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Winamp 5.552 Build 2458 + KeyGen

Winamp 5.552 Build 2458 + KeyGen

Winamp - is the most popular media to date. The program allows you to work with files in the formats MP3, OGG, AAC, WAV, MOD, XM, S3M, IT, MIDI, etc., supports video (AVI, ASF, MPEG, NSV), has a large number of settings and parameters capable of changing skin, has a good visualization module, a med

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Nanomagical Material Can Make Nuclear Reactors Safer

Nanomagical Material Can Make Nuclear Reactors Safer

Fighting cancer or making nuclear reactors that constantly self-repair themselves, helping to avoid the possibility of another Chernobyl. Clearly, nanotechnology will either save Earth or convert us into Borgs. Los Alamos National Laboratory scientists are betting on the first option. Their ne

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Why Alcohol Is Good For You

Why Alcohol Is Good For You

It's one of those medical anomalies that nobody can really explain: Longitudinal studies have consistently shown that people who don't consume any alcohol at all tend to die before people who do. At first glance, this makes little sense. Why would ingesting a psychoactive toxin that increases our

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Wrist-Worn, Flexible OLED Out in the Wild

Wrist-Worn, Flexible OLED Out in the Wild

The Universal Display Corporation (UDC) have themselves a wrist-worn, flexible OLED prototype that they built with support from the US Department of Defense. As you can see, the 4-inch screen looks a bit too unwieldy for practical use in the field, but the UDC believes that this technology wil

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Lenovo IdeaCentre 600: Thinnest (Hottest?) All-in-One PC on the Block

Lenovo IdeaCentre 600: Thinnest (Hottest?) All-in-One PC on the Block

Lenovo's IdeaCentre 600 is a pretty splashy debut: Its first ever all-in-one is a simple curved slab that's supposedly the thinnest all-in-one in the industry. Beyond the form factor—which borrows liberally from the new Star Trek and the iMac (the frameless black bezel looks like it was copy

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Disposable Paper Laptops

Disposable Paper Laptops

I quite agree with Je Sung Park when he says that disposable cameras and cell phones have gained acceptance, so why don’t we take the next step and bring out a disposable computer. His Recyclable Paper Laptop is quite a raw version and could do with some refinement. It uses recycled paper or pul

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HTC Rosie Screenshots

HTC Rosie Screenshots

Main Screen: We’ve seen the videos from Haykuro’s HTC Hero ROM and apparently the brand new UI is called “Rosie”. The upcoming June 24th HTC Event flyer shows a hipster laying in the grass with a rose laying on his chest, further proof that the issue at hand will be the announcement of the

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Twitter gets hacked...again

Twitter gets hacked...again

Over the Easter weekend, Twitter fell victim to yet another attack against the micro-blogging service. This time the attacker was 17 year old Mikeyy Mooney, who claims full responsibility for the attack, saying "I am aware of the attack and yes I am behind this attack". The attack was harmless in a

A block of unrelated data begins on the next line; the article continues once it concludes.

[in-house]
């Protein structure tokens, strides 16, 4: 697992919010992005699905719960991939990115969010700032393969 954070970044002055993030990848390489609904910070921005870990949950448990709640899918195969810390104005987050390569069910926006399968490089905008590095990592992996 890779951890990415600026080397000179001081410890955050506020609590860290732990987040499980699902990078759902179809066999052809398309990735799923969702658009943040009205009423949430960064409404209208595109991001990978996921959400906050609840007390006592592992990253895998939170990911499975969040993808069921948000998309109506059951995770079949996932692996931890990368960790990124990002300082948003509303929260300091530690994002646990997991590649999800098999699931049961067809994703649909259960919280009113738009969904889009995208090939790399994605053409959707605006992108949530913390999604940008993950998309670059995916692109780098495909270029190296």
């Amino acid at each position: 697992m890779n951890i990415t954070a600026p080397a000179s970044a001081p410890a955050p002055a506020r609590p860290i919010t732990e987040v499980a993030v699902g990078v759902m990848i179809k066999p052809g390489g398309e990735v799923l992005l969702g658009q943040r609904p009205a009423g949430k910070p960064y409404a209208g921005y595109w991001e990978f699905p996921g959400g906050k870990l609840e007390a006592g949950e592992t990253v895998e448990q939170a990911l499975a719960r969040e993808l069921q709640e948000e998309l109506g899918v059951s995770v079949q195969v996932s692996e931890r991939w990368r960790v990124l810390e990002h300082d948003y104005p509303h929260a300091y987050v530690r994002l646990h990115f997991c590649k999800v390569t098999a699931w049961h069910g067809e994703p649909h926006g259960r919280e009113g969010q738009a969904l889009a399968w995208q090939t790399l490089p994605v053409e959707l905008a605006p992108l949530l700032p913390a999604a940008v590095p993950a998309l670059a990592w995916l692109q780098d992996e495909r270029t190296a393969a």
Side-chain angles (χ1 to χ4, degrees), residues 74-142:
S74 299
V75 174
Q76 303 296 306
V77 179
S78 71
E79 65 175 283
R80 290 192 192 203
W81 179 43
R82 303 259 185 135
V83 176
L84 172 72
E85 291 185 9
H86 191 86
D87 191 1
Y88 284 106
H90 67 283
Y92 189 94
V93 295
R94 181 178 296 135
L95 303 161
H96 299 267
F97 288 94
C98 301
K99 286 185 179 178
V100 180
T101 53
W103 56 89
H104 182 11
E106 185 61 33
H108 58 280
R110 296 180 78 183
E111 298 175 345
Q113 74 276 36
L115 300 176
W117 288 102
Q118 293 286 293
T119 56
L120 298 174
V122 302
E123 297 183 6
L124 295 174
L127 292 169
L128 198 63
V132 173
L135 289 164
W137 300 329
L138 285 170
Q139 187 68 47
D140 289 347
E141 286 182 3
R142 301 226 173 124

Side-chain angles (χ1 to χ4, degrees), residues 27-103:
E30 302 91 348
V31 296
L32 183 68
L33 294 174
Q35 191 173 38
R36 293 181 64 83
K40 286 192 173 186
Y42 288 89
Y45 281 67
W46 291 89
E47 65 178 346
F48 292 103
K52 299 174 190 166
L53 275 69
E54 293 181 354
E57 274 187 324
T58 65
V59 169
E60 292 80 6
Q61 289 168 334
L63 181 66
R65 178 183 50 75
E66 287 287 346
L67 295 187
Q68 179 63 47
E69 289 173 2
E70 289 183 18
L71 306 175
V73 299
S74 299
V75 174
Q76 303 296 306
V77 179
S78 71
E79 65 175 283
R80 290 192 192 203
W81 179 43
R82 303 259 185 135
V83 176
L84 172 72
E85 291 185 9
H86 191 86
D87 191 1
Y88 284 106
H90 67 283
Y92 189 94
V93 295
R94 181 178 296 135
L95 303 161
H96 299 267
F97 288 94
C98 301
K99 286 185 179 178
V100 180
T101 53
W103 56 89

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In Case Self-Assembling Machinery Didn’t Scare You Before…

When chipmakers slim down their , they need finer and finer tools to organize all that circuitry. With MIT’s latest self-assembling chips, the detail work is handled by molecular strands that, freakishly, just know where to go.

Self-assembling chips aren’t new, but up till now, people have used electron-beam rays to carve grooves where molecules get cozy. Electron-beam guns are damn expensive and damn slow. This breakthrough—which relies more than ever on molecules doing their own thing—will lead to a cheaper way to make the smallest physically possible microchips, and probably increase hard drive capacity and current chip performance in the meantime.

The news, published this week by MIT researchers Caroline Ross and Karl Berggren, is that they can now use an electron gun just to make “hitchin’ posts” for the molecules to identify then wrap around. The trick? Using two separate kinds of molecule strands—described by Ross as spaghetti and tagliatelle, and by Berggren as DeNiro and Grodin in Midnight Run—that keep each other in line. Once the molecules are in place, a plasma charge dissolves one set, and turns the other set into glass crucial to processing. Berggren and Ross have shown they can fake a chip; their next step is to make a pattern that actually functions as a genuine circuit.

We’ve reached the limits of my understanding, but not my appreciation. This stuff will one day be used for making ever smaller microprocessors, but in the meantime can be used to streamline current chipmaking methods, and also to pack hard drive data in tighter. I’m relieved to hear there’s still a need for someone to say where the posts go, but let’s face it, with self-assembling chips like these, who needs ham-handed humans anyway? Queue the excitement—and paranoia. [MIT]

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